Rhythmic Brushstrokes Distinguish van Gogh from His Contemporaries:
Findings via Automated Brushstroke Extraction

Jia Li (1), Lei Yao (1), Ella Hendriks (2), James Z. Wang (1,3)
(1) The Pennsylvania State University, University Park, PA 16802
(2) Van Gogh Museum, Amsterdam, The Netherlands
(3) National Science Foundation, Arlington, VA 22230

Art historians have long observed the highly characteristic brushstroke styles of Vincent van Gogh and have relied on discerning these styles for authenticating and dating his works. In our work, we compared van Gogh with his contemporaries by statistically analyzing a massive set of automatically extracted brushstrokes. A novel extraction method is developed by exploiting an integration of edge detection and clustering-based segmentation. Evidence substantiates that van Gogh's brushstrokes are strongly rhythmic. That is, regularly shaped brushstrokes are tightly arranged, creating a repetitive and patterned impression. We also found that the traits that distinguish van Gogh's paintings in different time periods of his development are all different from those distinguishing van Gogh from his peers. This study confirms that the combined brushwork features identified as special to van Gogh are consistently held throughout his French periods of production (1886-1890).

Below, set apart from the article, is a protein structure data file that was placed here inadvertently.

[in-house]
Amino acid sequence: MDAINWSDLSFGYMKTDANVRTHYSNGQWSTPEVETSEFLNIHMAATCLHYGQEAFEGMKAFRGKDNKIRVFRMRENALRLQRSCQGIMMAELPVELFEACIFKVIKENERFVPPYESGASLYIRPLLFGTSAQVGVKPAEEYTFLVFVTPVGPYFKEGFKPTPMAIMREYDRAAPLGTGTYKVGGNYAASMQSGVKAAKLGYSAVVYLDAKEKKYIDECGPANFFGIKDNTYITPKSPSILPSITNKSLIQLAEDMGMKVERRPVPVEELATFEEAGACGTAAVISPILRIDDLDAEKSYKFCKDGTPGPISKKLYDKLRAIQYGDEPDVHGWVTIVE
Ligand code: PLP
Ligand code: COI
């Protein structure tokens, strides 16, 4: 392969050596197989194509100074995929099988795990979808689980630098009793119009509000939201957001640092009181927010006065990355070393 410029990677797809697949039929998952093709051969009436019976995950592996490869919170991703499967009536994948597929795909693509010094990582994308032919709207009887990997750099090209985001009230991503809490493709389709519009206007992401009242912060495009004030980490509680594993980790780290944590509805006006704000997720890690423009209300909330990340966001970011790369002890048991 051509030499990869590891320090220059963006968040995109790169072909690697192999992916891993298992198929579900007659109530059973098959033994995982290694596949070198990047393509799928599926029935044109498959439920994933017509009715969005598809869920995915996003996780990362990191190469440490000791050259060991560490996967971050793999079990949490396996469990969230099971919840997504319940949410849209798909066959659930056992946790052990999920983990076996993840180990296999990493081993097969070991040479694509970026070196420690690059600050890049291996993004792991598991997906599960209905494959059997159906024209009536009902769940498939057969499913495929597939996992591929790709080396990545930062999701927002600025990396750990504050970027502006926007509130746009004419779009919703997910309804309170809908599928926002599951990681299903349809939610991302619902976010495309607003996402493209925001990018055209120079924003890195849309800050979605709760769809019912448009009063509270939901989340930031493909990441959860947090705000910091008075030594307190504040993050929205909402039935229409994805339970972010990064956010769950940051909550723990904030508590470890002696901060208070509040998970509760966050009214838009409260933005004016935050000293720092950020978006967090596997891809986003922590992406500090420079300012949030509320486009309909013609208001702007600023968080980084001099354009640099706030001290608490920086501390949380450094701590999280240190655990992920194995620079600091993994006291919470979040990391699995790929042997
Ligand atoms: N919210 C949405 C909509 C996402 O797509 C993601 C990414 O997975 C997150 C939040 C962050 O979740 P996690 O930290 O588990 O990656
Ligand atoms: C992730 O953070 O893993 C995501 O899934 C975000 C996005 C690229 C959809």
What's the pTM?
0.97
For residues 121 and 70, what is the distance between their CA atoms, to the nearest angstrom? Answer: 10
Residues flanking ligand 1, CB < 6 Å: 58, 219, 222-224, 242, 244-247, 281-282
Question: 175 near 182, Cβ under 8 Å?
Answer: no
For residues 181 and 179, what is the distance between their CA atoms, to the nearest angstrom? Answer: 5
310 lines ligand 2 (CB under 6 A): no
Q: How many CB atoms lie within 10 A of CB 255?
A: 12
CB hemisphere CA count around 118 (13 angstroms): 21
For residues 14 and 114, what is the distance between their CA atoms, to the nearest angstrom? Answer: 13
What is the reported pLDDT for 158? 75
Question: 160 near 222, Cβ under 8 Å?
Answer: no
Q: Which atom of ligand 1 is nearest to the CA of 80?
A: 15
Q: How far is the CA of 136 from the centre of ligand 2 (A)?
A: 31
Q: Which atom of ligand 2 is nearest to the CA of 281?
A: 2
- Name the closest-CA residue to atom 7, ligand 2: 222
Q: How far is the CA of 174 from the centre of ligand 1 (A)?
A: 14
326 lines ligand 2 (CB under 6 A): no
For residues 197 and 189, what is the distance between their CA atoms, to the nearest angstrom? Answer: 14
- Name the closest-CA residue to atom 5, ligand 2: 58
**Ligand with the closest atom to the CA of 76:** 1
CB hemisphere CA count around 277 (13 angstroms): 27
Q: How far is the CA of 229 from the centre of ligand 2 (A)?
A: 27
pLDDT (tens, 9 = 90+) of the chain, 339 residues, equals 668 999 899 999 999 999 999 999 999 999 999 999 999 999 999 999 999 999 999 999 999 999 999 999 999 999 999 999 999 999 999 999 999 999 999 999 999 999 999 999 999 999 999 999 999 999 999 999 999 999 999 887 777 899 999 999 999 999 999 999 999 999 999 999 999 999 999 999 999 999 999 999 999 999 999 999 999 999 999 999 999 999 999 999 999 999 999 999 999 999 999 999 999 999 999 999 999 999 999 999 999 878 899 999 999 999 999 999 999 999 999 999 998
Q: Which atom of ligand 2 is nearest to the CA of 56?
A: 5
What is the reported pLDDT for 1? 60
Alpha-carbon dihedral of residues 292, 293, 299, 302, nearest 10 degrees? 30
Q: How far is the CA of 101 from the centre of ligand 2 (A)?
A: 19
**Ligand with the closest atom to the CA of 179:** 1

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Citation: Jia Li, Lei Yao, Ella Hendriks and James Z. Wang, ``Rhythmic Brushstrokes Distinguish van Gogh from His Contemporaries: Findings via Automated Brushstroke Extraction,'' IEEE Transactions on Pattern Analysis and Machine Intelligence, vol. 34, no. 6, pp. 1159-1176, 2012. [DOI: 10.1109/TPAMI.2011.203.]

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Last Modified: April 17, 2012
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